Recent scholarship by geographers like David Pinder and Adrian Rifkin has explored ties between these histories of visual experiences and the contemporary urban sphere, where “disneyfied” suburban design has limited interaction. ew artists like Jean-Pierre le Goff and Manhattan street artist Swoon have experiemented with temporary coffee shops, flash mobs, and walking tours, which “encourag[e] participants to adopt different routes, or sought to defamiliarize routine paths and practices.”
The long history of spatial relationships with our environment, mediated through the visual sense, only became the historical subject of research in the late nineteenth century. Work on linear perspective and the map has served as an inspiration to cultural geographers, social historians, and other scholars working in a variety of disciplines, pushing us to recognize how varied are our relationships with the environment around us.
 John R. Stilgoe, “Landschaft and Linearity: Two Archetypes of Landscape,” Environmental Review: ER 4, no. 1 (1980): 2-17; Barbara Bender, “Place and Landscape,” in Handbook of Material Culture, ed. Christopher Tilley (London: Sage Publications, 2006), 303–324.
 Kenneth Olwig, Landscape, Nature, and the Body Politic: From Britain’s Renaissance to America’s New World (Madison: University of Wisconsin Press, 2002).
 Ann Bermingham, Landscape and Ideology: The English Rustic Tradition, 1740-1860 (Berkeley: University of California Press, 1986).
 R. J. O’Brien, American Sublime: Landscape and Scenery of the Lower Hudson Valley (Columbia University Press, 1981). J Baird Callicott, “The Land Aesthetic,” Environmental History 7, no. 4 (1983): 345–358. Stephen Daniels, Fields of Vision: Landscape Imagery and National Identity in England and the United States, Human Geography (Cambridge, UK: Polity Press, 1993); Jonathan Bordo, “Picture and Witness at the Site of the Wilderness,” Critical Inquiry 26, no. 2 (January 2000): 224. A. Byerly, “Rivers, Journeys, and the Construction of Place in Nineteenth-Century English Literature,” The Greening of Literary Scholarship: Literature, Theory and the Environment (Iowa City, IA: University of Iowa Press, 2002): 77–96; E. Blake, “Zograscopes, Virtual Reality, and the Mapping of Polite Society in Eighteenth-century England,” New media (2003): 1740–1915.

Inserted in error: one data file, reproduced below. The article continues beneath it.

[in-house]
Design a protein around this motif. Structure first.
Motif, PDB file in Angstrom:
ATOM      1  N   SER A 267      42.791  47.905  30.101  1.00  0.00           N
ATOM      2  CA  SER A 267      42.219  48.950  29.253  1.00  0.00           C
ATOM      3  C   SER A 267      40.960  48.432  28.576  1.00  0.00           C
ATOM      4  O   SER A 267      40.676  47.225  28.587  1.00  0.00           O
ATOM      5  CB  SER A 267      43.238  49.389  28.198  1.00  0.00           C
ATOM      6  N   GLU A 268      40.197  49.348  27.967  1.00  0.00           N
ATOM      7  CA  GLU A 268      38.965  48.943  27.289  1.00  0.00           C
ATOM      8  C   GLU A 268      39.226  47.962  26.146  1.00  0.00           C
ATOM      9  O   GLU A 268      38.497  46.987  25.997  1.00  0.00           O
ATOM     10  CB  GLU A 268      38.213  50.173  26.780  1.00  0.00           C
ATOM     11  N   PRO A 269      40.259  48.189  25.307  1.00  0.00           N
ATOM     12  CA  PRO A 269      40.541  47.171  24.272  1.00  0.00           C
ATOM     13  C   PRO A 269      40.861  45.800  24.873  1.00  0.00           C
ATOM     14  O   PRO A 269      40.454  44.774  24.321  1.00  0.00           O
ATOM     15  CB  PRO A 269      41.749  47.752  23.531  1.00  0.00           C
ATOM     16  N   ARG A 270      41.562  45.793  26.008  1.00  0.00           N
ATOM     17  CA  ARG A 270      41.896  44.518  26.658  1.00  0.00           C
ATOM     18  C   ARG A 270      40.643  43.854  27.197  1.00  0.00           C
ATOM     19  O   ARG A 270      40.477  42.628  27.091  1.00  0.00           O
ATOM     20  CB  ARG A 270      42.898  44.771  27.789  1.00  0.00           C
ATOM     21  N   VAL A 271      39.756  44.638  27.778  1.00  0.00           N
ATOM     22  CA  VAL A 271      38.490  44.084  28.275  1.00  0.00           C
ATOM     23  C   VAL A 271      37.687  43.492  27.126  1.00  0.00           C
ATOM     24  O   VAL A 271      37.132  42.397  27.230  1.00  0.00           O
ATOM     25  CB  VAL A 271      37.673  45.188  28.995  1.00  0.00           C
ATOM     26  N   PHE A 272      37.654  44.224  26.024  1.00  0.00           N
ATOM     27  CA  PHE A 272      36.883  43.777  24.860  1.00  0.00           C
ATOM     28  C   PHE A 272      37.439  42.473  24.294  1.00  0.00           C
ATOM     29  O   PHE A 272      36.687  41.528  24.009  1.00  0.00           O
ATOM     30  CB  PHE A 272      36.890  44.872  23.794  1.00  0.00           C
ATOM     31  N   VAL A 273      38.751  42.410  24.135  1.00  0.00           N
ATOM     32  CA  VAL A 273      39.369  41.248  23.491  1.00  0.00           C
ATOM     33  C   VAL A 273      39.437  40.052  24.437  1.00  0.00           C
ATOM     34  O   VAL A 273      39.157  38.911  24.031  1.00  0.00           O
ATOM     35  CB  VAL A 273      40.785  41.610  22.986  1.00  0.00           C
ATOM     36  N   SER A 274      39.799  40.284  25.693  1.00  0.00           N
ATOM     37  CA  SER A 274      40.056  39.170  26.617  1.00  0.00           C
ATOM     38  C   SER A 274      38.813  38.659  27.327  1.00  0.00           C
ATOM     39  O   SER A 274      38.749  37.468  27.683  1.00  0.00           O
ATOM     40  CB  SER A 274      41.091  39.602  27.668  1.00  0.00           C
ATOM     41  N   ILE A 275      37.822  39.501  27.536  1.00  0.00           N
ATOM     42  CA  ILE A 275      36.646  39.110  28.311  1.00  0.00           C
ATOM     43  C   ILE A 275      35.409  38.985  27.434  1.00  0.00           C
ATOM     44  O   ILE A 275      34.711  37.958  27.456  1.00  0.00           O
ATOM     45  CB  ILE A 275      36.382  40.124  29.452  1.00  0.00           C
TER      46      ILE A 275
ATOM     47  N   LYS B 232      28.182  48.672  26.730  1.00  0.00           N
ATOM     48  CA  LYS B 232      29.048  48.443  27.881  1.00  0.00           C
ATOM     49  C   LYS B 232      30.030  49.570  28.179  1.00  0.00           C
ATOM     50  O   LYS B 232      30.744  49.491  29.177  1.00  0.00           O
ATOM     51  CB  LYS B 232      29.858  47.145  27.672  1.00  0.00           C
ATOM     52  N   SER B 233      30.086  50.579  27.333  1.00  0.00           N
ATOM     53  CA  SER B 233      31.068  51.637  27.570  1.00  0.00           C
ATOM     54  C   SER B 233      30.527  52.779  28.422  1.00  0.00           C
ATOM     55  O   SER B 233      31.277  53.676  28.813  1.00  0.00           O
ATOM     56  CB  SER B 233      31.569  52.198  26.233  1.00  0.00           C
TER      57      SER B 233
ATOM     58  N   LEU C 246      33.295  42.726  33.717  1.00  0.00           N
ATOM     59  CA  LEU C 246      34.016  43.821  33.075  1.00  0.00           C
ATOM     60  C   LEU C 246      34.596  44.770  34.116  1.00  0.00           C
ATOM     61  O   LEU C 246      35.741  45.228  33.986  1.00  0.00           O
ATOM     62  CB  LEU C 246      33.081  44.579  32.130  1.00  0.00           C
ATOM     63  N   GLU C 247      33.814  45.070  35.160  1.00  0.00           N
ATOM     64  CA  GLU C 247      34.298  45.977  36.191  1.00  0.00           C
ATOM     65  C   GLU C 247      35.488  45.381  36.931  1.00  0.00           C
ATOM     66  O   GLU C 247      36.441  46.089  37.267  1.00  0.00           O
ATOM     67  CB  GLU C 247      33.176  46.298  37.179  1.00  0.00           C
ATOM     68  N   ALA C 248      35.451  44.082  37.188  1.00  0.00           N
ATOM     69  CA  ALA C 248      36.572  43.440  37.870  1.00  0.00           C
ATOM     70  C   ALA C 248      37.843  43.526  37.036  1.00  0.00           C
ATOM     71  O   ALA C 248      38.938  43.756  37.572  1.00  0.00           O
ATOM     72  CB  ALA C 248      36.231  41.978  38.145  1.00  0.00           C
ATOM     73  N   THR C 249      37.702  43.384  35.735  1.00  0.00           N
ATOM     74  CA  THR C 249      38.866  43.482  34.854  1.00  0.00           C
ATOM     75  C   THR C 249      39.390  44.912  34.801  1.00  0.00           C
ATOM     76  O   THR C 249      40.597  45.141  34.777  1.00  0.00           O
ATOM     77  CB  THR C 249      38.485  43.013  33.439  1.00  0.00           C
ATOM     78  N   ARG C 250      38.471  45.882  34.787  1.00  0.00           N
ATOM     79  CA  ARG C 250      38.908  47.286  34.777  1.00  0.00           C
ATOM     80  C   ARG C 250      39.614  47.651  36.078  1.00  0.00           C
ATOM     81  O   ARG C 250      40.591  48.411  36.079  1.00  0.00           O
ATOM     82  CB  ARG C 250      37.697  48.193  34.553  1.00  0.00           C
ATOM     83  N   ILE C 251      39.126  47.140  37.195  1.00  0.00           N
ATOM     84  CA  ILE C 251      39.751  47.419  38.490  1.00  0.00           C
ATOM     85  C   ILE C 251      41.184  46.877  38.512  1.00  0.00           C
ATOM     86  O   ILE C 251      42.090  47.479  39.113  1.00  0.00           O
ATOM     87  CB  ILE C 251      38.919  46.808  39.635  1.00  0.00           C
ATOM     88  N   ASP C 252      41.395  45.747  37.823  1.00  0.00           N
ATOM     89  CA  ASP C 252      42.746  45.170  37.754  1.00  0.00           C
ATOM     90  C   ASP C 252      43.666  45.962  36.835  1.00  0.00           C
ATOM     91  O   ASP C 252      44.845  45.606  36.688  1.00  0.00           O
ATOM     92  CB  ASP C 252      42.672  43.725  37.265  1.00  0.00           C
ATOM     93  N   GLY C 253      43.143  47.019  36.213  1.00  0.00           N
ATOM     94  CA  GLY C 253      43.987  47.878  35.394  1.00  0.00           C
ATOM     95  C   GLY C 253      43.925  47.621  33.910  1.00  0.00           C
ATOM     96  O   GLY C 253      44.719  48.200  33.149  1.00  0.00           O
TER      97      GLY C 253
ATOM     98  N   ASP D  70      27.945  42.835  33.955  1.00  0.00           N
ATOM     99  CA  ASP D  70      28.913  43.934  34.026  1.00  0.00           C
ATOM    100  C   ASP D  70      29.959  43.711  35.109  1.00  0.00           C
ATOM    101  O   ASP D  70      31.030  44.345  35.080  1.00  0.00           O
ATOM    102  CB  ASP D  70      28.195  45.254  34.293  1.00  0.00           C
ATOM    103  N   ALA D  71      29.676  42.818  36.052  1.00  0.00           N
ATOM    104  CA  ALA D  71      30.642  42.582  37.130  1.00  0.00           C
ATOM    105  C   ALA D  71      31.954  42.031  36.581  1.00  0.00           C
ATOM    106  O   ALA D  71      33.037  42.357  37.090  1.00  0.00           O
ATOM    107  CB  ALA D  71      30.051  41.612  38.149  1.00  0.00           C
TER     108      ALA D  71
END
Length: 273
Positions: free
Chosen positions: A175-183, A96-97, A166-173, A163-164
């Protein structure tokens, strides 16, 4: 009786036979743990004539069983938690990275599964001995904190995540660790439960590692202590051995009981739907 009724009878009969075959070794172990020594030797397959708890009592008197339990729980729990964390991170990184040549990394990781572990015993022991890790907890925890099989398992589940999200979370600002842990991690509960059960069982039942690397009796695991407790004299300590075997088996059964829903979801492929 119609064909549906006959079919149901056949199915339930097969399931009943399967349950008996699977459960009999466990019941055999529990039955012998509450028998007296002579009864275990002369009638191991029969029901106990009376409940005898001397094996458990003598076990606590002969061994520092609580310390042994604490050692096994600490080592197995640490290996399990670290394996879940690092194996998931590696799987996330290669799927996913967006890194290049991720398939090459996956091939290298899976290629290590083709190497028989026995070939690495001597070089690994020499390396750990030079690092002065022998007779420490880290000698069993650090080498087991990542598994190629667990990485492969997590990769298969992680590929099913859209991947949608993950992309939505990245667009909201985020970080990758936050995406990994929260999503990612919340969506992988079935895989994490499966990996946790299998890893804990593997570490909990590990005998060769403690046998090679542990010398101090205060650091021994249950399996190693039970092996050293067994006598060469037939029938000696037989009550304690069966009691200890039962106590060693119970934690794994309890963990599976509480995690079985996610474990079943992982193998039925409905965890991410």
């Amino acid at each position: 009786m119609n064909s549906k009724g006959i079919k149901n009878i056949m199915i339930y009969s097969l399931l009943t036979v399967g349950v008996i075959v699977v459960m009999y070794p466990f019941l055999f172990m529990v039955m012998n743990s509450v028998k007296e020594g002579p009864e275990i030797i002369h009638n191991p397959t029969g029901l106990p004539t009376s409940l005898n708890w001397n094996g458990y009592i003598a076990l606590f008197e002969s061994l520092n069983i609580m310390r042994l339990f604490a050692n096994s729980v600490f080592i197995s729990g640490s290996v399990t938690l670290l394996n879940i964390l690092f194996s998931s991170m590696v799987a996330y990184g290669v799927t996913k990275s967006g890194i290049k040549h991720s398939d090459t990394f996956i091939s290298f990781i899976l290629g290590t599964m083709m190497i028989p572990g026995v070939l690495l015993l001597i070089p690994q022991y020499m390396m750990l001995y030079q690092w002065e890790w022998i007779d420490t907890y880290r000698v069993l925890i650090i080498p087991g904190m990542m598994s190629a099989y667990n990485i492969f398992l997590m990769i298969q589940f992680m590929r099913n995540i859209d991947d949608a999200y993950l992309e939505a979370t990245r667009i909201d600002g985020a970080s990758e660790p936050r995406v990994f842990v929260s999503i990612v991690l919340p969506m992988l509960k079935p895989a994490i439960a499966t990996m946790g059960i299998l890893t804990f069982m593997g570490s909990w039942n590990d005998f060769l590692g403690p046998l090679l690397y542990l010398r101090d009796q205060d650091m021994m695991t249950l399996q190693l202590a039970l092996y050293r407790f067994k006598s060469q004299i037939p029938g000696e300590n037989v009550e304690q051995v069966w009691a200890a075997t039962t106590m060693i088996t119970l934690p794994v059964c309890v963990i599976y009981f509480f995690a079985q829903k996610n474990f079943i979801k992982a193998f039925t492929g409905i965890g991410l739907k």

William McKendree Bryant, Philosophy of Landscape Painting ((St. Louis, Mo): The St. Louis News Co., 1882), 39.
 Ibid, 26, 27-8, 31.
 Otto Benesch, The Art of the Renaissance in Northern Europe: Its Relation to the Contemporary Spiritual and Intellectual Movements (Cambridge, Mass: Harvard University Press, 1945); Svetlana Alpers, The Art of Describing: Dutch Art in the Seventeenth Century (Chicago: University of Chicago Press, 1983). More recent scholarship places these developments in the political context of Protestant and Catholic struggles over territory in Germany and the Dutch resistance to empire. Christopher S Wood, Albrecht Altdorfer and the Origins of Landscape (London: Reaktion Press, 1993). Simon Schama, “Culture as Foreground,” in Peter C Sutton et al., Masters of 17th-Century Dutch Landscape Painting (Boston, Mass: Museum of Fine Arts, 1987), 64-83.
 David Watkin, The Rise of Architectural History (London: Architectural Press, 1980); S. Giedion, Space, Time and Architecture; the Growth of a New Tradition (Cambridge: The Harvard University Press, 1941); For the historiography, see Donald Olsen, “The City as a Work of Art,” in Derek Fraser and Anthony Sutcliffe, eds, The Pursuit of Urban History (1983), 264-85; John Gloag, The Architectural Interpretation of History (New York, 1975), esp. Ch 1. Sigfried Giedion, “History and the Architect,” Journal of Architectural Education (1947-1974) 12, no. 2 (Summer 1957): 14-16. David Matless, “Topographic Culture: Nikolaus Pevsner and the Buildings of England,” History Workshop Journal 54, no. 1 (September 1, 2002): 73-99. John Gloag, The Architectural Interpretation of History (London: A. & C. Black, 1975). Spiro Kostof, “Architecture, You and Him: The Mark of Sigfried Giedion,” Daedalus 105, no. 1 (Winter 1976): 189-204.
 A History of Curiosity: The Theory of Travel, 1550-1800 (Chur, Switzerland: Harwood Academic Publishers, 1995), 344. Helgerson, Stagl
 J. B. Harley, “Silences and Secrecy: The Hidden Agenda of Cartography in Early Modern Europe,” Imago Mundi 40, no. 1 (1988): 59 ff.; J. B. Harley, “Deconstructing the Map,” Cartographica 26:2 (1989): 1-20. For the limits of Harley’s ability to see the map as a site of the production of knowledge, Barbara Belya, “Images of Power: Derrida/Foucault/Harley,” Cartographica 29, no. 2 (October 1, 1992): 1-9.
 David Pinder, “Arts of Urban Exploration,” Cultural Geographies 12, no. 4 (October 2005): 395